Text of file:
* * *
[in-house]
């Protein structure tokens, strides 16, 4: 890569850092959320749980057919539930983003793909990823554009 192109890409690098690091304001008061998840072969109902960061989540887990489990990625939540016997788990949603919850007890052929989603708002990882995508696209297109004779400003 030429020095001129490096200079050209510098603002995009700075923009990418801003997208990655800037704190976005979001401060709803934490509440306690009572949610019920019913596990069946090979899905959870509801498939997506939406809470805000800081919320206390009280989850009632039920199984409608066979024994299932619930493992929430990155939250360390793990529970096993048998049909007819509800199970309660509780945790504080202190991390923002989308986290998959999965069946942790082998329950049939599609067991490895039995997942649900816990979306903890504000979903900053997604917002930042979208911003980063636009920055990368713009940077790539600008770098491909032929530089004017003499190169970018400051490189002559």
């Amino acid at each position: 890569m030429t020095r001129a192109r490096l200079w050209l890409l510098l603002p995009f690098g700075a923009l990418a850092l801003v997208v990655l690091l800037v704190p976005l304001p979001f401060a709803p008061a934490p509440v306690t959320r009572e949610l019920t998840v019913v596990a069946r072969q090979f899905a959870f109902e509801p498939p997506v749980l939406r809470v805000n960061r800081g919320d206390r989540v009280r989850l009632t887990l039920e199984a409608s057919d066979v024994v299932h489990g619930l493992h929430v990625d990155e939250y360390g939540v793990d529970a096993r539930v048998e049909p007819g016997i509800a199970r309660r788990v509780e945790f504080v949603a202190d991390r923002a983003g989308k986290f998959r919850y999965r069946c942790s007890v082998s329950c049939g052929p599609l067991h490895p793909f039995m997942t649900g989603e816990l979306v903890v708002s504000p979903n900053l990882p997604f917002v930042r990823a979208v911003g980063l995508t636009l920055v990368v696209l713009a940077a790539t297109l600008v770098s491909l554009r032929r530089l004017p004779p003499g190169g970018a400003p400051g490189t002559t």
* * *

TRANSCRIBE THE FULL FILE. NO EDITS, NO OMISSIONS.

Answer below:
[in-house]
């Protein structure tokens, strides 16, 4: 890569850092959320749980057919539930983003793909990823554009 192109890409690098690091304001008061998840072969109902960061989540887990489990990625939540016997788990949603919850007890052929989603708002990882995508696209297109004779400003 030429020095001129490096200079050209510098603002995009700075923009990418801003997208990655800037704190976005979001401060709803934490509440306690009572949610019920019913596990069946090979899905959870509801498939997506939406809470805000800081919320206390009280989850009632039920199984409608066979024994299932619930493992929430990155939250360390793990529970096993048998049909007819509800199970309660509780945790504080202190991390923002989308986290998959999965069946942790082998329950049939599609067991490895039995997942649900816990979306903890504000979903900053997604917002930042979208911003980063636009920055990368713009940077790539600008770098491909032929530089004017003499190169970018400051490189002559």
């Amino acid at each position: 890569m030429t020095r001129a192109r490096l200079w050209l890409l510098l603002p995009f690098g700075a923009l990418a850092l801003v997208v990655l690091l800037v704190p976005l304001p979001f401060a709803p008061a934490p509440v306690t959320r009572e949610l019920t998840v019913v596990a069946r072969q090979f899905a959870f109902e509801p498939p997506v749980l939406r809470v805000n960061r800081g919320d206390r989540v009280r989850l009632t887990l039920e199984a409608s057919d066979v024994v299932h489990g619930l493992h929430v990625d990155e939250y360390g939540v793990d529970a096993r539930v048998e049909p007819g016997i509800a199970r309660r788990v509780e945790f504080v949603a202190d991390r923002a983003g989308k986290f998959r919850y999965r069946c942790s007890v082998s329950c049939g052929p599609l067991h490895p793909f039995m997942t649900g989603e816990l979306v903890v708002s504000p979903n900053l990882p997604f917002v930042r990823a979208v911003g980063l995508t636009l920055v990368v696209l713009a940077a790539t297109l600008v770098s491909l554009r032929r530089l004017p004779p003499g190169g970018a400003p400051g490189t002559t």